Wire pronged fishing spear.


Ludwig Leichhardt
Sep 13, 2011
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Ironbark, SEQ
This is my version of a wire pronged fishing spear that I observed and used when I lived and worked in an Aboriginal community
in North Queensland.
Although Aboriginal people made multi pronged fishing spears before colonisation they were complex, probably took a long time to make
and were rather fragile (and minor works of art). ... an example here http://australianmuseum.net.au/Prongs-of-an-Indigenous-fishing-spear-pre-1884
With the wide availability of wire it was readily used for an improved version of the spear for exploitation of marine resources.

Basic materials I have used are 2m of bamboo about 16mm thick. Jute and sisal string. 5x 300mm used fencing wire. Bitumen based paint and putty.
Approx 120mm copper wire. A 2.5m length of bamboo would have been better but this is what I had.

I first cut the node off the end of the bamboo splitting the run to the next node into four and trimming the exposed end to make it a bit

I then cut some old fencing wire into 300mm lengths using the edge of a flat file and a little metal fatigue.

These were straightened with a hammer on piece of timber. I found that 5 pieces fitted nicely into the bamboo with a bit of room to spare.

I sharpened the end with a grinder and tidied the butt ends too. Wire can be sharpened by hammering the tip flat and filing to a point.

These were bundled and tied tightly with a couple of bits of copper wire and wrapped in jute string.

I removed the copper wire, soaked the jute string in the bitumen paint and rammed it into the end of the bamboo.
I also gave the outside of the bamboo a coat of the paint as well.

The outside of the spear was tightly wrapped with sisal string.

This was soaked in the bitumen paint and copper wire wound around the base of the exposed wires to stop them spreading there and
damaging the bindings. The wires are then spread. No barbs are needed as when a fish is struck the wires tend to spread holding firmly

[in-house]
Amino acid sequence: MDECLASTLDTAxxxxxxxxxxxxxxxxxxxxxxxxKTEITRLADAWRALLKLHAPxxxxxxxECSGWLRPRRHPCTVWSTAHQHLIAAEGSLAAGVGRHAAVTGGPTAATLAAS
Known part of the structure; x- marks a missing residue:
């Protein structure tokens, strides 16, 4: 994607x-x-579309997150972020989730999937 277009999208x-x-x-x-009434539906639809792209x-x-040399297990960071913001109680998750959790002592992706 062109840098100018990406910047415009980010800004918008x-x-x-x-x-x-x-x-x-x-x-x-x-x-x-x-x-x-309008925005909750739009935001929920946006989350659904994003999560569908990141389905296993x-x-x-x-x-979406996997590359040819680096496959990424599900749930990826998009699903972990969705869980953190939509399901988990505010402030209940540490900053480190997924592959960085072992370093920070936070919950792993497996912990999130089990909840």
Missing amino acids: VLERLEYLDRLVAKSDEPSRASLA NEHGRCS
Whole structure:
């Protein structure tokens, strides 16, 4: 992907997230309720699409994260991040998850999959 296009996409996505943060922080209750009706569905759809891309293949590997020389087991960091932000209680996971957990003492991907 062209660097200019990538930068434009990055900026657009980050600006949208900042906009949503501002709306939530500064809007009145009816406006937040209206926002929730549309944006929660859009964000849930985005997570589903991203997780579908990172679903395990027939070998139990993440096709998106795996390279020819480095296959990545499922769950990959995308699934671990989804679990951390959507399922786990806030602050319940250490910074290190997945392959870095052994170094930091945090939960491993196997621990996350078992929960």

but allowing the fish to be removed without tearing the flesh.

A little bitumen based putty was used to tidy where the wires entered the bamboo to make it a bit more streamlined and protect the string bindings.


Traditionally grass tree resin was used as a binder, then hot melt tar based pitch but even this seems hard to get these days.
I have heard of epoxy bond being quite good and even heat shrink.
Handle materials can be bamboo, Rangoon cane, citrus wood, macaranga and native guava . Solid woods are drilled out.

Depending on what size prey you're chasing the spear can be scaled from bicycle spokes to thicker wires and rods to 'single bars' 1/4" thick.
The single bars tend to have a bit of a barb as they don't have the spring holding characteristics of the multi pronged spear.

Here's another variation for mounting the wires. http://www.youtube.com/watch?feature=player_detailpage&v=S7RP90DQTAQ

The above spear would be considered a bit on the light side and would be good for fish like whiting, bait collection sand and mud crabs
and squid.
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Russell Coight
Aug 14, 2013
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Very interesting work there, Hairyman.

The traditional designs embracing modern materials is always fascinating.


Never Alone In The Bush
Staff member
Jun 16, 2011
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Melbourne, Victoria
A friend has visited some of the islands around New Guinea, they uses a lot of (thin) concrete reinforcing rod for prongs on fishing spears.

The villagers didn’t have files, so they used an axe (modern steel axe) to cut the rod and create a point. Of course this ruined the axe, but they explained that a fishing spear was much more important and useful than the axe.

Think about it, on a small island there is not much to chop, so they rely on fishing as a major source of food.

I don’t know how or why they had an axe rather than a file, which probably would have been more useful, but that’s what they had !

Ol Grumpy

Les Stroud
Sep 15, 2013
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This reminds me of when I lived/worked in the bush around Harrietville, at the base of Mt Hotham. I was on a crew working an underground and alluvial Gold mine on the Ovens River for 18 months or so. I was a shotfirer (powder monkey) and yes, whilst we certainly tried fishing with Geli. in the old Tronoh Dredge ponds... Much better results were obtained with hand fishing spears we made by straightening out (as best we could) 6O fishing hooks and then binding them onto straight saplings. We would snorkel down into the dredge ponds. Also many decent sized trout were speared in the washouts under the bank. There were places where you could easily jump the surface of the Ovens River, but on the bends under the River bank we were sometimes 4-10 metres back under the bank where the River scours out in flood times. I can tell you that even with a spear, the fish had the advantage, by a long shot. We only ever took what we immediately consumed.

When it comes to Bushcraft, I have literally lived for months at a time, out in the bush.
I tend to be very pragmatic and not at all idealistic. I had to get a task done and I did whatever was needed to get the task done as efficiently as possible, using whatever was at hand. I had an axe in the car and a bow saw, but if I came across a tree fallen in my path... I would pull the seat forward and get out the chainsaw.... I'm the same way today, although I certainly appreciate and admire the tenacity and skills of our pioneers. I'm a tradie and builder and have worked with my hands all my life, it's what I do.
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